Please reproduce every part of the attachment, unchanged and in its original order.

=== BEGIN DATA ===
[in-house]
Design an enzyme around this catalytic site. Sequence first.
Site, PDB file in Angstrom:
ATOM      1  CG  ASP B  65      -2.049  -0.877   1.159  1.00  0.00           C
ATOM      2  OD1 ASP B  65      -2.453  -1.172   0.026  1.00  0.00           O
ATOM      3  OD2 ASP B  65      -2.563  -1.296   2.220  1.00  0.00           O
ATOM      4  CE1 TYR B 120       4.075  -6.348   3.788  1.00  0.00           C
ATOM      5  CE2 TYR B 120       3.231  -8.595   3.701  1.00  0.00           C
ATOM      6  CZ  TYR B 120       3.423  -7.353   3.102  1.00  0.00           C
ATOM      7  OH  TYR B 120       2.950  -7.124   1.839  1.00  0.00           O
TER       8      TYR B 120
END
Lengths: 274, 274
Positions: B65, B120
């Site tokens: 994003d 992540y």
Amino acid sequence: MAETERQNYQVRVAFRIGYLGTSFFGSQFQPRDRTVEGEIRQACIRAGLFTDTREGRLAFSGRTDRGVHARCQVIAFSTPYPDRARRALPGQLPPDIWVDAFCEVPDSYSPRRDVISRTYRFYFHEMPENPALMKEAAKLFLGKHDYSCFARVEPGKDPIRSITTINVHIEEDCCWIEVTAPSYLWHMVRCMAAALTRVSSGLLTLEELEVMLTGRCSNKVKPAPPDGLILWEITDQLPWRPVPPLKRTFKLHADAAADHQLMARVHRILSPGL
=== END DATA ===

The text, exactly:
[in-house]
Design an enzyme around this catalytic site. Sequence first.
Site, PDB file in Angstrom:
ATOM      1  CG  ASP B  65      -2.049  -0.877   1.159  1.00  0.00           C
ATOM      2  OD1 ASP B  65      -2.453  -1.172   0.026  1.00  0.00           O
ATOM      3  OD2 ASP B  65      -2.563  -1.296   2.220  1.00  0.00           O
ATOM      4  CE1 TYR B 120       4.075  -6.348   3.788  1.00  0.00           C
ATOM      5  CE2 TYR B 120       3.231  -8.595   3.701  1.00  0.00           C
ATOM      6  CZ  TYR B 120       3.423  -7.353   3.102  1.00  0.00           C
ATOM      7  OH  TYR B 120       2.950  -7.124   1.839  1.00  0.00           O
TER       8      TYR B 120
END
Lengths: 274, 274
Positions: B65, B120
């Site tokens: 994003d 992540y």
Amino acid sequence: MAETERQNYQVRVAFRIGYLGTSFFGSQFQPRDRTVEGEIRQACIRAGLFTDTREGRLAFSGRTDRGVHARCQVIAFSTPYPDRARRALPGQLPPDIWVDAFCEVPDSYSPRRDVISRTYRFYFHEMPENPALMKEAAKLFLGKHDYSCFARVEPGKDPIRSITTINVHIEEDCCWIEVTAPSYLWHMVRCMAAALTRVSSGLLTLEELEVMLTGRCSNKVKPAPPDGLILWEITDQLPWRPVPPLKRTFKLHADAAADHQLMARVHRILSPGL